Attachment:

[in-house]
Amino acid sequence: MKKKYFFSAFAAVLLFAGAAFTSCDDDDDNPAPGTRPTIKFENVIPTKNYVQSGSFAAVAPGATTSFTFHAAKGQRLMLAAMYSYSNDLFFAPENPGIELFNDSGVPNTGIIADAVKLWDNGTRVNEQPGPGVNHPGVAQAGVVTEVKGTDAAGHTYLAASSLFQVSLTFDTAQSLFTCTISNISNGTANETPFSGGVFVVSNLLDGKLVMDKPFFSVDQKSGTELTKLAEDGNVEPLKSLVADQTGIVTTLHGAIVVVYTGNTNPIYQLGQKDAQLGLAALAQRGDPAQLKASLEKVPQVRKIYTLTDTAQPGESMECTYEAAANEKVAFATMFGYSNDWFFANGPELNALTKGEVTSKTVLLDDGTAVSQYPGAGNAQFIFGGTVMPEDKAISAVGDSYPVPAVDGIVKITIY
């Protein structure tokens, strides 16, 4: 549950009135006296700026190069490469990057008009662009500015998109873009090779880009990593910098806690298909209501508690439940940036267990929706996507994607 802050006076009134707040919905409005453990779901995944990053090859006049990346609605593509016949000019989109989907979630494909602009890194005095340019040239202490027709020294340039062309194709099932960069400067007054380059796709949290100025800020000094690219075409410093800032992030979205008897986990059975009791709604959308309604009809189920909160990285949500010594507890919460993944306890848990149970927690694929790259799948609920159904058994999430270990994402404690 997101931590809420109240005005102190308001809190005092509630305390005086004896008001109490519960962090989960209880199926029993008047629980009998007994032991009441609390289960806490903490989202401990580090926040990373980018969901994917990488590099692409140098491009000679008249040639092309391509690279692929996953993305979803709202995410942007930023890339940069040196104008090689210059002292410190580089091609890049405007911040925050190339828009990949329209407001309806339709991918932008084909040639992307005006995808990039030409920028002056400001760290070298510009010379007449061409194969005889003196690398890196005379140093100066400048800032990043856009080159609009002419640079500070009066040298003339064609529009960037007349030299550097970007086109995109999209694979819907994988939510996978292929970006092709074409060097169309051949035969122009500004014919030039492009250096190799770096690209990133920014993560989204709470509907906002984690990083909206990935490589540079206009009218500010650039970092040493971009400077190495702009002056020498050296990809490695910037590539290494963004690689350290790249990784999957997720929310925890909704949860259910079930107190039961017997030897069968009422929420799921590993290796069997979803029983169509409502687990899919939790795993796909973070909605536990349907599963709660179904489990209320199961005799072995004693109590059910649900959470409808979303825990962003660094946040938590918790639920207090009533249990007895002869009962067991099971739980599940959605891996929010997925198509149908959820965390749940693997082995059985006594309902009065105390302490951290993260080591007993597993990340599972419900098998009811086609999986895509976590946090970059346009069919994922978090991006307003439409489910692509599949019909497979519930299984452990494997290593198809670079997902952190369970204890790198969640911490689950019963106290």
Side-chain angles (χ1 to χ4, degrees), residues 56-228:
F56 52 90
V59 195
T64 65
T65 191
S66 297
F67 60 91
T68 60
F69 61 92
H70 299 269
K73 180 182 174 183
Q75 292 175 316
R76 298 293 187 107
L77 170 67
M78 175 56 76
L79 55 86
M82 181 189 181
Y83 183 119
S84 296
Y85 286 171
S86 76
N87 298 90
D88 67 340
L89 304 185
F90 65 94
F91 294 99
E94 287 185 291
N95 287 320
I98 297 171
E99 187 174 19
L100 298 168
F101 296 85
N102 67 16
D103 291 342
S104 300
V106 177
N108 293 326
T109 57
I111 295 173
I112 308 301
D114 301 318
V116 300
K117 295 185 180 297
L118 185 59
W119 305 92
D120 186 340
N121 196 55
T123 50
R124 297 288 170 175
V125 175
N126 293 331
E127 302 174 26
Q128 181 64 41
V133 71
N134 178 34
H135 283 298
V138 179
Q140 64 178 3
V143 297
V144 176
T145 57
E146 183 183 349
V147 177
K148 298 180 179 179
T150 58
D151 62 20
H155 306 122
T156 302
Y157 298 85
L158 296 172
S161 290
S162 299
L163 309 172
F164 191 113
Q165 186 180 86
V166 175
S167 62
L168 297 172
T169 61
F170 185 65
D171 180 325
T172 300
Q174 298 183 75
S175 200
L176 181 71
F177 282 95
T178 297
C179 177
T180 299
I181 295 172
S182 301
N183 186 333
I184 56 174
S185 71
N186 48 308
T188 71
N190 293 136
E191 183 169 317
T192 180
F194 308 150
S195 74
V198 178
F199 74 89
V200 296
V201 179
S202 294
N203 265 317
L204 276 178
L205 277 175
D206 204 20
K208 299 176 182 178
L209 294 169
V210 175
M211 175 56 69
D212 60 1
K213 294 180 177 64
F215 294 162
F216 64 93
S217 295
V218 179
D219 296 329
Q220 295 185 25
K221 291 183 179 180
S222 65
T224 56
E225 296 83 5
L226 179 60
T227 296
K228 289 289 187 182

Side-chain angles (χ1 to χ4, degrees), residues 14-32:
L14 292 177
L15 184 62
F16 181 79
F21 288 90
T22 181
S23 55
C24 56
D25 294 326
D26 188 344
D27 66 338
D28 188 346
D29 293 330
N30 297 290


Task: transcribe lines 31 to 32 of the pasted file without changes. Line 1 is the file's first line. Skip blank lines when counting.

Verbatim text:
N95 287 320
I98 297 171